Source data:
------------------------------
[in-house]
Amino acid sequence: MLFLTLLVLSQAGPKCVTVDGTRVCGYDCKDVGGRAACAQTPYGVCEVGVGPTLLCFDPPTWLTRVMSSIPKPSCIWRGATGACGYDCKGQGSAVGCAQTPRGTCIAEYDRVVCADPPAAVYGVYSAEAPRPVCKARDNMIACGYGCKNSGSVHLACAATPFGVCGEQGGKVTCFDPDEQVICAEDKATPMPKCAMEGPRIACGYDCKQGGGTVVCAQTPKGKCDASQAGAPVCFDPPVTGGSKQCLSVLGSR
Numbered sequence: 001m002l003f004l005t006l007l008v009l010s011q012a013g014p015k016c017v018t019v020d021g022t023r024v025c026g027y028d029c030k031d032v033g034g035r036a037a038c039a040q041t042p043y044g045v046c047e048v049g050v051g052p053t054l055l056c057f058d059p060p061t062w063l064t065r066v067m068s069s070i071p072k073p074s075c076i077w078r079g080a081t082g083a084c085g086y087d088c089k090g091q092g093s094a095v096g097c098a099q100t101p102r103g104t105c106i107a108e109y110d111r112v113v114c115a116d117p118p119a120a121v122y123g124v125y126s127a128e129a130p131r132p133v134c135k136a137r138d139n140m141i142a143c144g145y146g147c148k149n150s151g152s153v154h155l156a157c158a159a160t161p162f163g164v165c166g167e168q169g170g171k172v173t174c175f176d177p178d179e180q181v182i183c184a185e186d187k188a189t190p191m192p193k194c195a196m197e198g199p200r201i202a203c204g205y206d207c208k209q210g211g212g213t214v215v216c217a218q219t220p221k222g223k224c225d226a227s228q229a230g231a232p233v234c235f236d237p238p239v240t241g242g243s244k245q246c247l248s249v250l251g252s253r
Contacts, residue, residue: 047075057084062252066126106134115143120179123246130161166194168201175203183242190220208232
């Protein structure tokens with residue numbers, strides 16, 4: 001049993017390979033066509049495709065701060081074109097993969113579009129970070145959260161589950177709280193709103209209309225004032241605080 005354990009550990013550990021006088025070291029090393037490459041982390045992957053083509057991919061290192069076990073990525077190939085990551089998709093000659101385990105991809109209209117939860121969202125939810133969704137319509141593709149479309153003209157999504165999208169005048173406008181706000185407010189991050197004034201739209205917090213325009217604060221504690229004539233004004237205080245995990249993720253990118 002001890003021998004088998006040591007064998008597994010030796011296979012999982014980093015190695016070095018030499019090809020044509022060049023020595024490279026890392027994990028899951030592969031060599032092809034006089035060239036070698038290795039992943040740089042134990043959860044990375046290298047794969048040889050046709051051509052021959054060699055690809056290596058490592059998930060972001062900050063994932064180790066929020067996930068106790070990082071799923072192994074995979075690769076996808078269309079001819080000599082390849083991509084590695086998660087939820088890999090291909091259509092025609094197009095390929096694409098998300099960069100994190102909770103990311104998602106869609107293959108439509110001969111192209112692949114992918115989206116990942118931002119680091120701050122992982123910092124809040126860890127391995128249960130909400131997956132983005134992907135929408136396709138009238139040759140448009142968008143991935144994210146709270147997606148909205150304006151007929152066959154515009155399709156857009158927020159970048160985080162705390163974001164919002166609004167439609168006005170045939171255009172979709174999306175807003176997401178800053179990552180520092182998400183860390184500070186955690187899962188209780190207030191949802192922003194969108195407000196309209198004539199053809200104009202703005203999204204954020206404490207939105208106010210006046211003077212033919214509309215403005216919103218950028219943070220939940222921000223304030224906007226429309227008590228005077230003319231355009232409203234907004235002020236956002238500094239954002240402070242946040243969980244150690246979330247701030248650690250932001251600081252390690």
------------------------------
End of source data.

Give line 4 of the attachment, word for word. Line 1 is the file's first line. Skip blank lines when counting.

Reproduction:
Contacts, residue, residue: 047075057084062252066126106134115143120179123246130161166194168201175203183242190220208232